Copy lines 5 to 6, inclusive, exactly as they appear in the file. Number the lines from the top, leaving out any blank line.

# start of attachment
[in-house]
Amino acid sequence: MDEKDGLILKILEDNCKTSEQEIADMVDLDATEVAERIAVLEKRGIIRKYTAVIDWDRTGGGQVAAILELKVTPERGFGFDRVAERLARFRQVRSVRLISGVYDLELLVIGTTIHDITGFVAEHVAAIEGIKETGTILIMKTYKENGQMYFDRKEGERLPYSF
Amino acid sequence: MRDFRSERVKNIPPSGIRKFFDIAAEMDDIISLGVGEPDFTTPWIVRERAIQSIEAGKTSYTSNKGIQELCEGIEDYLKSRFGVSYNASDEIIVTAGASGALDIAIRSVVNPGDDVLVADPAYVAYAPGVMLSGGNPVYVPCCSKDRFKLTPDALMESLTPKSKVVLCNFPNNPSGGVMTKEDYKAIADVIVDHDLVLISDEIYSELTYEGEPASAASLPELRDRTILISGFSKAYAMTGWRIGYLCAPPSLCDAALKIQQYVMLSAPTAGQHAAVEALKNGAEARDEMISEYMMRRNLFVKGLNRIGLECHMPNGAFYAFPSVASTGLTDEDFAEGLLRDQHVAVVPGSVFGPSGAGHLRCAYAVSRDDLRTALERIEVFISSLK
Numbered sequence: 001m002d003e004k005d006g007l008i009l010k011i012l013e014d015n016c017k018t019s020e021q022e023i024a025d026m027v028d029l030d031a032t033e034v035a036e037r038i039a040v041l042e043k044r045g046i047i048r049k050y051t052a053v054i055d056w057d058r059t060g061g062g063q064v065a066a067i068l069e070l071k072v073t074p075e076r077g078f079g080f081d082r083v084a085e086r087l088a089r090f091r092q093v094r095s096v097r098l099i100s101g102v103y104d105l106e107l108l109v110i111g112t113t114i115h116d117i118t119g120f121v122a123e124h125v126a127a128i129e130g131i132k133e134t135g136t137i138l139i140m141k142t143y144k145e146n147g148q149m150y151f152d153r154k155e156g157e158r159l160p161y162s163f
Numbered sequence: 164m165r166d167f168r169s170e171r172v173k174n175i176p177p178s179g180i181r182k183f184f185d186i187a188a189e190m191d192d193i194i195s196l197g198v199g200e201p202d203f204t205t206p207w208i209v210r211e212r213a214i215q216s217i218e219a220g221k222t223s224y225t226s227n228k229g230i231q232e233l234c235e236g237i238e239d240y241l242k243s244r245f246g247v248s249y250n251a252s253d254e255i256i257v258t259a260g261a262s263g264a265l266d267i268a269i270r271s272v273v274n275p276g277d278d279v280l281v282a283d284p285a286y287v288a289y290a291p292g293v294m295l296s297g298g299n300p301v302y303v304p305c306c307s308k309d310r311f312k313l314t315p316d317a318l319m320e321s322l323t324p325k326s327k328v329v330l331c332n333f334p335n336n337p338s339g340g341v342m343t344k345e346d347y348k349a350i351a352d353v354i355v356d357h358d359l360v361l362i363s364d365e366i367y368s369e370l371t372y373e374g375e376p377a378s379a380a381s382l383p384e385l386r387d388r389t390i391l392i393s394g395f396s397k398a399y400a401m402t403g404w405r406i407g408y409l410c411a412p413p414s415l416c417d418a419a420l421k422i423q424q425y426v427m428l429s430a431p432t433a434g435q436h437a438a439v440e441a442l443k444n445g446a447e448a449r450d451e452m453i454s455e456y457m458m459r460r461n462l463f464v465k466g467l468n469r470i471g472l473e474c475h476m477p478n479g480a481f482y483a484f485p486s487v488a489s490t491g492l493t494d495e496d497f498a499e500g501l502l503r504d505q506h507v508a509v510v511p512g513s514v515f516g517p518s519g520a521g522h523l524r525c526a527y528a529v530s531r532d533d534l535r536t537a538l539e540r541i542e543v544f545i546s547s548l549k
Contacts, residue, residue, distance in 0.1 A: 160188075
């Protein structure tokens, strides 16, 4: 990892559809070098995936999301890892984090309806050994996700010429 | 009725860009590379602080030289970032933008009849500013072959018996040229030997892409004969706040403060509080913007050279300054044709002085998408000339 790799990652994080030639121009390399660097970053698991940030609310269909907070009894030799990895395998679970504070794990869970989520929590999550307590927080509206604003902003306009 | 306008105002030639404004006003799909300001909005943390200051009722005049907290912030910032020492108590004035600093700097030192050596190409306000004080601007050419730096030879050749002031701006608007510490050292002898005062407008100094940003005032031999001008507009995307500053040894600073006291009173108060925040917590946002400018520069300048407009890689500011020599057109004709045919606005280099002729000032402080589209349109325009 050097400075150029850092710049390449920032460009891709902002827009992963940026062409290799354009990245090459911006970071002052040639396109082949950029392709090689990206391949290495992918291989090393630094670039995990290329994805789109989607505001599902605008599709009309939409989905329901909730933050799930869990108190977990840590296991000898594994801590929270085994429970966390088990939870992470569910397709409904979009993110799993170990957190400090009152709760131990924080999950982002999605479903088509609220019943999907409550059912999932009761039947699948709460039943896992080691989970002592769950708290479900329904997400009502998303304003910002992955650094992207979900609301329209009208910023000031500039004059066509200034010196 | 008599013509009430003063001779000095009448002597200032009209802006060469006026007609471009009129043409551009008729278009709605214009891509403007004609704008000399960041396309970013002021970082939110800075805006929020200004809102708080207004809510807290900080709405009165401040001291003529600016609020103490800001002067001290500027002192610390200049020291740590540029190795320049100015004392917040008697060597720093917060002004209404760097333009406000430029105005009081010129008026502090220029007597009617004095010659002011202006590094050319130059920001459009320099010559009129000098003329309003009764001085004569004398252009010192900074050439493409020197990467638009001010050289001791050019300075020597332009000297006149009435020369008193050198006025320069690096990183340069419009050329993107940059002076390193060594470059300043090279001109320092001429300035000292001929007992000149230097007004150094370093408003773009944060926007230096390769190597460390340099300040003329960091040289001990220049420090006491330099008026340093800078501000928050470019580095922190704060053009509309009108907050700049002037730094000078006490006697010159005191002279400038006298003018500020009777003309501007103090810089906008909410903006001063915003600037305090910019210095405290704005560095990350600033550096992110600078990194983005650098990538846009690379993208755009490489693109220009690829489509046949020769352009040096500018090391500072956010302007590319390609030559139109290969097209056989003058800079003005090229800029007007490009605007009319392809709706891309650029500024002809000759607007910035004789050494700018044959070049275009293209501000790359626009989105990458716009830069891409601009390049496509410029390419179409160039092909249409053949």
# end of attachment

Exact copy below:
Numbered sequence: 164m165r166d167f168r169s170e171r172v173k174n175i176p177p178s179g180i181r182k183f184f185d186i187a188a189e190m191d192d193i194i195s196l197g198v199g200e201p202d203f204t205t206p207w208i209v210r211e212r213a214i215q216s217i218e219a220g221k222t223s224y225t226s227n228k229g230i231q232e233l234c235e236g237i238e239d240y241l242k243s244r245f246g247v248s249y250n251a252s253d254e255i256i257v258t259a260g261a262s263g264a265l266d267i268a269i270r271s272v273v274n275p276g277d278d279v280l281v282a283d284p285a286y287v288a289y290a291p292g293v294m295l296s297g298g299n300p301v302y303v304p305c306c307s308k309d310r311f312k313l314t315p316d317a318l319m320e321s322l323t324p325k326s327k328v329v330l331c332n333f334p335n336n337p338s339g340g341v342m343t344k345e346d347y348k349a350i351a352d353v354i355v356d357h358d359l360v361l362i363s364d365e366i367y368s369e370l371t372y373e374g375e376p377a378s379a380a381s382l383p384e385l386r387d388r389t390i391l392i393s394g395f396s397k398a399y400a401m402t403g404w405r406i407g408y409l410c411a412p413p414s415l416c417d418a419a420l421k422i423q424q425y426v427m428l429s430a431p432t433a434g435q436h437a438a439v440e441a442l443k444n445g446a447e448a449r450d451e452m453i454s455e456y457m458m459r460r461n462l463f464v465k466g467l468n469r470i471g472l473e474c475h476m477p478n479g480a481f482y483a484f485p486s487v488a489s490t491g492l493t494d495e496d497f498a499e500g501l502l503r504d505q506h507v508a509v510v511p512g513s514v515f516g517p518s519g520a521g522h523l524r525c526a527y528a529v530s531r532d533d534l535r536t537a538l539e540r541i542e543v544f545i546s547s548l549k
Contacts, residue, residue, distance in 0.1 A: 160188075